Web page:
The dominant figure in Pope's day was the Wit. The wit—taken personally—was the man who represented what we now describe by culture or the spirit of the age. Bright clear common sense was for once having its own way, and tyrannizing over the faculties from which it too often suffers violence. The favoured faculty never doubted its own qualification for supremacy in every department. In metaphysics it was triumphing with Hobbes and Locke over the remnants of scholasticism; under Tillotson, it was expelling mystery from religion; and in art it was declaring war against the extravagant, the romantic, the mystic, and the Gothic,—a word then used as a simple term of abuse. Wit and sense are but different avatars of the same spirit; wit was the form in which it showed itself in coffee-houses, and sense that in which it appeared in the pulpit or parliament. When Walsh told Pope to be correct, he was virtually advising him to carry the same spirit into poetry. The classicism of the time was the natural corollary; for the classical models were the historical symbols of the movement which Pope represented. He states his view very tersely in the essay. Classical culture had been overwhelmed by the barbarians, and the monks "finished what the Goths began." Letters revived when the study of classical models again gave an impulse and supplied a guidance.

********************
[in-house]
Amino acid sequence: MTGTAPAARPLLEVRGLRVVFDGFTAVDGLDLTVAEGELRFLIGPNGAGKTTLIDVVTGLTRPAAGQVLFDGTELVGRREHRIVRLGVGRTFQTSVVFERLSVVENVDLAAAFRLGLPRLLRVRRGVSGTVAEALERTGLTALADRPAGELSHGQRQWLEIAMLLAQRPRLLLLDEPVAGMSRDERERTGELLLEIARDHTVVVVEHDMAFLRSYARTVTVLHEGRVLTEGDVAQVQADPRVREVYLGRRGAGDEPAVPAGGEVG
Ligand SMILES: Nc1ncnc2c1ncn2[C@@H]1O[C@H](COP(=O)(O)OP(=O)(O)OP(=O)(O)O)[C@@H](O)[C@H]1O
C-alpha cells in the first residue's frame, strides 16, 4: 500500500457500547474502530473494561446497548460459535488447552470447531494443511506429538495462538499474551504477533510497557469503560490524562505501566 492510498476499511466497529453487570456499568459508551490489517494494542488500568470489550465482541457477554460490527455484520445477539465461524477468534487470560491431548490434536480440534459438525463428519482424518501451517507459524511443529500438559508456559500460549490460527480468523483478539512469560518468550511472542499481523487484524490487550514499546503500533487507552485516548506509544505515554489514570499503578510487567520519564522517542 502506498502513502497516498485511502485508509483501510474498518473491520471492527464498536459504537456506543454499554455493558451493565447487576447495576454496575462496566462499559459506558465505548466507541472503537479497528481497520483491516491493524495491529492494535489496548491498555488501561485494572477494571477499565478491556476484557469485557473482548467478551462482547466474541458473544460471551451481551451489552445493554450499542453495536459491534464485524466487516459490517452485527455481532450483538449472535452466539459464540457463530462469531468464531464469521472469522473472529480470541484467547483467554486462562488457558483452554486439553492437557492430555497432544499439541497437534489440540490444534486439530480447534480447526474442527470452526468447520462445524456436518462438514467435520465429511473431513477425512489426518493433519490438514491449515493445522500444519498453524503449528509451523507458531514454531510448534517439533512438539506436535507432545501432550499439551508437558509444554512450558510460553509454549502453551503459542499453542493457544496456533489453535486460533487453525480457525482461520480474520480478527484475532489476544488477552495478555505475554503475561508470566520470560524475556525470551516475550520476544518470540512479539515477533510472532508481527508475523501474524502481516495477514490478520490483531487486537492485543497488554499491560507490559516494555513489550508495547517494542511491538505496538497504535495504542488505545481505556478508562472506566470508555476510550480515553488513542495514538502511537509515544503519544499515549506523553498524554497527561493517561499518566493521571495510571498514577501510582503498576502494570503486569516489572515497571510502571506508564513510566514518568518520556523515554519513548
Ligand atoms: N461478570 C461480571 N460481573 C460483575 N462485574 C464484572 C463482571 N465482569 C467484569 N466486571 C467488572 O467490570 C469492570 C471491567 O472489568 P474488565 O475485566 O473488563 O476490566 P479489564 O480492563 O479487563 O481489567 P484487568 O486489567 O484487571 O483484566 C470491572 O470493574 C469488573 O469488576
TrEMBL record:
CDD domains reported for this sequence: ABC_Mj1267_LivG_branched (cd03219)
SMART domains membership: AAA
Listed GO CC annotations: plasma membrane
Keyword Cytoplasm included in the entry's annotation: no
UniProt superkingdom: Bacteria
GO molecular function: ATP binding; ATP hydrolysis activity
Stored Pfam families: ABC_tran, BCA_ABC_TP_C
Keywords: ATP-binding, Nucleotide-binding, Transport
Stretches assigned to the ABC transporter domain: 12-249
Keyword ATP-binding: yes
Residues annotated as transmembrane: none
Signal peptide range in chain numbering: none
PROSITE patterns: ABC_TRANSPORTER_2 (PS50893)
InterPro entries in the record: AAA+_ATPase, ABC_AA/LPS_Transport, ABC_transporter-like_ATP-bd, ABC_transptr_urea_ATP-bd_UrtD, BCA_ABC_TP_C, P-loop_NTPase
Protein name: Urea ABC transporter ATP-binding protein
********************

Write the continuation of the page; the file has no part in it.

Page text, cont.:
At length Erasmus, that great injured name, The glory of the priesthood and their shame, Stemm'd the wild torrent of a barbarous age, And drove these holy Vandals off the stage.
The classicalism of Pope's time was no doubt very different from that of the period of Erasmus; but in his view it differed only because the contemporaries of Dryden had more thoroughly dispersed the mists of the barbarism which still obscured the Shakspearean age, and from which even Milton or Cowley had not completely escaped. Dryden and Boileau and the French critics, with their interpreters Roscommon, Sheffield, and Walsh, who found rules in Aristotle, and drew their precedents from Homer, were at last stating the pure canons of unadulterated sense. To this school, wit and sense, and nature, and the classics, all meant pretty much the same. That was pronounced to be unnatural which was too silly, or too far-fetched, or too exalted, to approve itself to the good sense of a wit; and the very incarnation and eternal type of good sense and nature was to be found in the classics. The test of thorough polish and refinement was the power of ornamenting a speech with an appropriate phrase from Horace or Virgil, or prefixing a Greek motto to an essay in the Spectator. If it was necessary to give to any utterance an air of philosophical authority, a reference to Longinus or Aristotle was the natural device. Perhaps the acquaintance with classics might not be very profound; but the classics supplied at least a convenient symbol for the spirit which had triumphed against Gothic barbarism and scholastic pedantry.